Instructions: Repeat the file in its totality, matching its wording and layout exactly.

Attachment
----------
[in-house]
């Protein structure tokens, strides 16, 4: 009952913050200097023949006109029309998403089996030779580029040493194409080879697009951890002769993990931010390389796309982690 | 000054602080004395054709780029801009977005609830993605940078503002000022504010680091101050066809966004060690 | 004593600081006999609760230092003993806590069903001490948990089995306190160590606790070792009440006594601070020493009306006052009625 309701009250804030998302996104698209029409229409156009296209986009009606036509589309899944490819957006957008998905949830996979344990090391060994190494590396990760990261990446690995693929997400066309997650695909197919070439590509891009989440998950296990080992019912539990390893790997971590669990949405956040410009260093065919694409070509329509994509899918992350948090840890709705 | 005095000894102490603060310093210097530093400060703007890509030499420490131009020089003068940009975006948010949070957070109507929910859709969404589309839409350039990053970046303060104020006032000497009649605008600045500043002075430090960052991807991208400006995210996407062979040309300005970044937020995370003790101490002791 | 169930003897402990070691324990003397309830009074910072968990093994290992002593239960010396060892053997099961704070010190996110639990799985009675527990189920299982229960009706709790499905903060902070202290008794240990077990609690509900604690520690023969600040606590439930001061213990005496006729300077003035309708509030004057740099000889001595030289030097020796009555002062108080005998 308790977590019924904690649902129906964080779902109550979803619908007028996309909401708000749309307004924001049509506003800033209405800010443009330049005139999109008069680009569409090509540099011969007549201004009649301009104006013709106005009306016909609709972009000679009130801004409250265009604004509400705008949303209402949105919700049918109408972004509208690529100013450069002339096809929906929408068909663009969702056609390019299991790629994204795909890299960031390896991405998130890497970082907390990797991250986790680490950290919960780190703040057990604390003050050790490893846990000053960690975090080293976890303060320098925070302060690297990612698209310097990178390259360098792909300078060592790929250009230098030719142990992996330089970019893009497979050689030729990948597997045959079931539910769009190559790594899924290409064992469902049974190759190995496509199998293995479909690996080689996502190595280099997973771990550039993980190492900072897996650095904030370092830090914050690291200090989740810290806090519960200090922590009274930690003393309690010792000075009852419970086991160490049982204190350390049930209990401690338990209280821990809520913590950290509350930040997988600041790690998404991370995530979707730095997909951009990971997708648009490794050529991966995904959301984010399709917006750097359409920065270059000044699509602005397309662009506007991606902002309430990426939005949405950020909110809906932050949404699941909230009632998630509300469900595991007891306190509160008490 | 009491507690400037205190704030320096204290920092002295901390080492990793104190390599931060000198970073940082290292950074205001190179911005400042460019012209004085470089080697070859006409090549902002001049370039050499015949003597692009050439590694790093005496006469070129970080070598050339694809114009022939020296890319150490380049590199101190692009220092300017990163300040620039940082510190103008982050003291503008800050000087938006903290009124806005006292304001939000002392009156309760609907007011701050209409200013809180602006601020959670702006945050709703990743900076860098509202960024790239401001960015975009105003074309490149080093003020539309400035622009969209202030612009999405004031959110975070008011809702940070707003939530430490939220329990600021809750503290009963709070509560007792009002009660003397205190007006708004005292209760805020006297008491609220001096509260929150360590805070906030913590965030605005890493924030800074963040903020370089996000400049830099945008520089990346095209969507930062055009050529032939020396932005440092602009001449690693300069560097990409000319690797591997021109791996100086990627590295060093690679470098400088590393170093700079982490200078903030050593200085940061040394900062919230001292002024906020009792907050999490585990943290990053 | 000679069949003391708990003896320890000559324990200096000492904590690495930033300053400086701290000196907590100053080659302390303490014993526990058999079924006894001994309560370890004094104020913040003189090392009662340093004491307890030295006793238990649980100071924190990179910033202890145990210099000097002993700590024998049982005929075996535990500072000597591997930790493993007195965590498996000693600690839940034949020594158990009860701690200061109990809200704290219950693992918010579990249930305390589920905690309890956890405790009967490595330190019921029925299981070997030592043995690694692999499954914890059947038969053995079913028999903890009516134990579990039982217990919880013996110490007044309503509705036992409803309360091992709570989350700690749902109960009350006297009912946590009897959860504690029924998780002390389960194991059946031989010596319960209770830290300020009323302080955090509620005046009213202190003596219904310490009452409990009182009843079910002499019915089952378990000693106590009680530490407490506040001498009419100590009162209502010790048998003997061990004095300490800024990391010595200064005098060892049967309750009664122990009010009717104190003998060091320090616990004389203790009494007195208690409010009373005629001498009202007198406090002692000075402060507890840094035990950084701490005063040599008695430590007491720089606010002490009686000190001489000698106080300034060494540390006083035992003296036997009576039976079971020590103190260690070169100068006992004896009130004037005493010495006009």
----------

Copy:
[in-house]
């Protein structure tokens, strides 16, 4: 009952913050200097023949006109029309998403089996030779580029040493194409080879697009951890002769993990931010390389796309982690 | 000054602080004395054709780029801009977005609830993605940078503002000022504010680091101050066809966004060690 | 004593600081006999609760230092003993806590069903001490948990089995306190160590606790070792009440006594601070020493009306006052009625 309701009250804030998302996104698209029409229409156009296209986009009606036509589309899944490819957006957008998905949830996979344990090391060994190494590396990760990261990446690995693929997400066309997650695909197919070439590509891009989440998950296990080992019912539990390893790997971590669990949405956040410009260093065919694409070509329509994509899918992350948090840890709705 | 005095000894102490603060310093210097530093400060703007890509030499420490131009020089003068940009975006948010949070957070109507929910859709969404589309839409350039990053970046303060104020006032000497009649605008600045500043002075430090960052991807991208400006995210996407062979040309300005970044937020995370003790101490002791 | 169930003897402990070691324990003397309830009074910072968990093994290992002593239960010396060892053997099961704070010190996110639990799985009675527990189920299982229960009706709790499905903060902070202290008794240990077990609690509900604690520690023969600040606590439930001061213990005496006729300077003035309708509030004057740099000889001595030289030097020796009555002062108080005998 308790977590019924904690649902129906964080779902109550979803619908007028996309909401708000749309307004924001049509506003800033209405800010443009330049005139999109008069680009569409090509540099011969007549201004009649301009104006013709106005009306016909609709972009000679009130801004409250265009604004509400705008949303209402949105919700049918109408972004509208690529100013450069002339096809929906929408068909663009969702056609390019299991790629994204795909890299960031390896991405998130890497970082907390990797991250986790680490950290919960780190703040057990604390003050050790490893846990000053960690975090080293976890303060320098925070302060690297990612698209310097990178390259360098792909300078060592790929250009230098030719142990992996330089970019893009497979050689030729990948597997045959079931539910769009190559790594899924290409064992469902049974190759190995496509199998293995479909690996080689996502190595280099997973771990550039993980190492900072897996650095904030370092830090914050690291200090989740810290806090519960200090922590009274930690003393309690010792000075009852419970086991160490049982204190350390049930209990401690338990209280821990809520913590950290509350930040997988600041790690998404991370995530979707730095997909951009990971997708648009490794050529991966995904959301984010399709917006750097359409920065270059000044699509602005397309662009506007991606902002309430990426939005949405950020909110809906932050949404699941909230009632998630509300469900595991007891306190509160008490 | 009491507690400037205190704030320096204290920092002295901390080492990793104190390599931060000198970073940082290292950074205001190179911005400042460019012209004085470089080697070859006409090549902002001049370039050499015949003597692009050439590694790093005496006469070129970080070598050339694809114009022939020296890319150490380049590199101190692009220092300017990163300040620039940082510190103008982050003291503008800050000087938006903290009124806005006292304001939000002392009156309760609907007011701050209409200013809180602006601020959670702006945050709703990743900076860098509202960024790239401001960015975009105003074309490149080093003020539309400035622009969209202030612009999405004031959110975070008011809702940070707003939530430490939220329990600021809750503290009963709070509560007792009002009660003397205190007006708004005292209760805020006297008491609220001096509260929150360590805070906030913590965030605005890493924030800074963040903020370089996000400049830099945008520089990346095209969507930062055009050529032939020396932005440092602009001449690693300069560097990409000319690797591997021109791996100086990627590295060093690679470098400088590393170093700079982490200078903030050593200085940061040394900062919230001292002024906020009792907050999490585990943290990053 | 000679069949003391708990003896320890000559324990200096000492904590690495930033300053400086701290000196907590100053080659302390303490014993526990058999079924006894001994309560370890004094104020913040003189090392009662340093004491307890030295006793238990649980100071924190990179910033202890145990210099000097002993700590024998049982005929075996535990500072000597591997930790493993007195965590498996000693600690839940034949020594158990009860701690200061109990809200704290219950693992918010579990249930305390589920905690309890956890405790009967490595330190019921029925299981070997030592043995690694692999499954914890059947038969053995079913028999903890009516134990579990039982217990919880013996110490007044309503509705036992409803309360091992709570989350700690749902109960009350006297009912946590009897959860504690029924998780002390389960194991059946031989010596319960209770830290300020009323302080955090509620005046009213202190003596219904310490009452409990009182009843079910002499019915089952378990000693106590009680530490407490506040001498009419100590009162209502010790048998003997061990004095300490800024990391010595200064005098060892049967309750009664122990009010009717104190003998060091320090616990004389203790009494007195208690409010009373005629001498009202007198406090002692000075402060507890840094035990950084701490005063040599008695430590007491720089606010002490009686000190001489000698106080300034060494540390006083035992003296036997009576039976079971020590103190260690070169100068006992004896009130004037005493010495006009």